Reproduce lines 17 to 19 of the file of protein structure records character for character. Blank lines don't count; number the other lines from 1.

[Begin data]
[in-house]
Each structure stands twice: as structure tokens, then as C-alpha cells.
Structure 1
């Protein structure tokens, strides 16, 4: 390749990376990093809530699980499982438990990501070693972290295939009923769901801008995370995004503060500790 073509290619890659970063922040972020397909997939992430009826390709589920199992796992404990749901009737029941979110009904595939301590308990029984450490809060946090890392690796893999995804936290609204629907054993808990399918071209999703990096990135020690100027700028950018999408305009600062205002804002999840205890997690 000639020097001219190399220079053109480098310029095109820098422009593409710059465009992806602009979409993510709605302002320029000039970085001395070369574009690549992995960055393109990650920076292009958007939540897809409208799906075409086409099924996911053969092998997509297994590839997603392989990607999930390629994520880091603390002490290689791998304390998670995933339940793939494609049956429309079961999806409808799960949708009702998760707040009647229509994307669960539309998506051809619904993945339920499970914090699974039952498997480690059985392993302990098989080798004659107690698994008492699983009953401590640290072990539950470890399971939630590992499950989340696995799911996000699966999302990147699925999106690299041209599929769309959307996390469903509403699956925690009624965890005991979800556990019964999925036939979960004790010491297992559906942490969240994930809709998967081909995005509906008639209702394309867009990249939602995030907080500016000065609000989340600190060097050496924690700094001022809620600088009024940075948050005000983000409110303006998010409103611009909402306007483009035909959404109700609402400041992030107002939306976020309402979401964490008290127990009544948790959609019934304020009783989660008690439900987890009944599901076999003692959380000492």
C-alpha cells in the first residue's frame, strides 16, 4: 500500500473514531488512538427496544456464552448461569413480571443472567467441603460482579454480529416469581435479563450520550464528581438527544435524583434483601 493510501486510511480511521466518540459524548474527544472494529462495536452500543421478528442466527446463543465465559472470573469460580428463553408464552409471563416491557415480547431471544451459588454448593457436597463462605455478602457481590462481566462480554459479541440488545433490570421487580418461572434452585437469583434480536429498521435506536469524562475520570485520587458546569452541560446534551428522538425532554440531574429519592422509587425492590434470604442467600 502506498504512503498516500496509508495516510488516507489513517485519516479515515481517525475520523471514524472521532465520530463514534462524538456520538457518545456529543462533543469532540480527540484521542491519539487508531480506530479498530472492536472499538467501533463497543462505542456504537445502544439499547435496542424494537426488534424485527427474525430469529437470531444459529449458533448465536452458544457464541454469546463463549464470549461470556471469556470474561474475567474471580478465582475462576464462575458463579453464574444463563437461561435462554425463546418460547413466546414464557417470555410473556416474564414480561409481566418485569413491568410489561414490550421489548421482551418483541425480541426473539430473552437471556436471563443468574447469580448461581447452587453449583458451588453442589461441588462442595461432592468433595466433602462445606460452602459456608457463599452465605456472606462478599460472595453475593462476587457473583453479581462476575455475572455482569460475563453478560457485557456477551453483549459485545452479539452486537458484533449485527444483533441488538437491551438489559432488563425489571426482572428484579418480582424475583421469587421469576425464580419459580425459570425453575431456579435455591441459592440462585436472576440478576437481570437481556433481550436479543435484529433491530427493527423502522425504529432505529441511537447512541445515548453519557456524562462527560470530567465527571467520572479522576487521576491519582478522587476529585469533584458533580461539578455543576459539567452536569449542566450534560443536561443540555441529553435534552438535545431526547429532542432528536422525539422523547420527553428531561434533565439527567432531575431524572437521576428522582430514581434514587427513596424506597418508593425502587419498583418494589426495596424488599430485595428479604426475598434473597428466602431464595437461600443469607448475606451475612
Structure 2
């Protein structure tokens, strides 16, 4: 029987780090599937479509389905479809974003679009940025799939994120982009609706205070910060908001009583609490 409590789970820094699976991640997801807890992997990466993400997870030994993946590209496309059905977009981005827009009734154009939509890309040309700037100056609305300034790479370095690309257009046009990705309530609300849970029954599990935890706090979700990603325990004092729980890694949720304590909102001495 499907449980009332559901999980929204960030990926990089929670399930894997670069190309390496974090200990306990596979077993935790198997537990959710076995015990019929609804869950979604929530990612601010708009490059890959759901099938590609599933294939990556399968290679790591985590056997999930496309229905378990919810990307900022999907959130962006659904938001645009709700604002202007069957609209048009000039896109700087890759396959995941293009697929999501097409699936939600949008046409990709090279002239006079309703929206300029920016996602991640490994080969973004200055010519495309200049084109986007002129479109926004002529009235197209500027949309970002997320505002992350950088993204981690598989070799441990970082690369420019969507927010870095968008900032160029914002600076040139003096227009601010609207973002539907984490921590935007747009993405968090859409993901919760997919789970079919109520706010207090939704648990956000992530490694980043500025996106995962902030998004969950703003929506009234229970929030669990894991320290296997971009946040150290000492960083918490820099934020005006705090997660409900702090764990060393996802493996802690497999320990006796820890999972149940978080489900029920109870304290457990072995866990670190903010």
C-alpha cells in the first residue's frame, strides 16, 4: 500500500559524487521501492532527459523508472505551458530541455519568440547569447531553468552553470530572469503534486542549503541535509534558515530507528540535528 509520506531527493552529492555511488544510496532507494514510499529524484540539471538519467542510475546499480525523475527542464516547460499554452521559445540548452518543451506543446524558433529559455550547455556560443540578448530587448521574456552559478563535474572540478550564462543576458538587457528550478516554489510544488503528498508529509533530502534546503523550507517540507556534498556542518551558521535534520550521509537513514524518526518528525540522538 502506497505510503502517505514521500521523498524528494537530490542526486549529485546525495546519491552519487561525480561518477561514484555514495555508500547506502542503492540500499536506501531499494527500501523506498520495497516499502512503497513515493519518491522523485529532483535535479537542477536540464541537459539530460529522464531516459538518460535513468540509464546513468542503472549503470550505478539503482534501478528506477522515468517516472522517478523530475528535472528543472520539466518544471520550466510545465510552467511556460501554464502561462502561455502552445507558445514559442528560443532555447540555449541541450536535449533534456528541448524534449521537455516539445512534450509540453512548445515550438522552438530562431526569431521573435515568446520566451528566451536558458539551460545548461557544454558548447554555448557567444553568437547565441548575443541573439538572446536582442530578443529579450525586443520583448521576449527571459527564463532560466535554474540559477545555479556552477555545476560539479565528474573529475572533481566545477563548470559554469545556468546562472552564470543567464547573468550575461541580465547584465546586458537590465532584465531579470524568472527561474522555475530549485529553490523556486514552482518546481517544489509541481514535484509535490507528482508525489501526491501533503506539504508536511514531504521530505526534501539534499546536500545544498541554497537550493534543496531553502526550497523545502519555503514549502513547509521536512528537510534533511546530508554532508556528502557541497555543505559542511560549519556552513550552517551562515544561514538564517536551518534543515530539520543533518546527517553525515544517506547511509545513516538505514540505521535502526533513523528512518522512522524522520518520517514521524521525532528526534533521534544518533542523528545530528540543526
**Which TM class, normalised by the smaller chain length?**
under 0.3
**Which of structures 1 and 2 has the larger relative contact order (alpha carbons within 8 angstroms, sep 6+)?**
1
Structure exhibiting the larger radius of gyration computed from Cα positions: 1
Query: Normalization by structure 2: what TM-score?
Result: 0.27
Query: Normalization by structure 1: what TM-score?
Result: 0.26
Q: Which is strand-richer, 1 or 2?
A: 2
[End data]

Result: 0.26
Q: Which is strand-richer, 1 or 2?
A: 2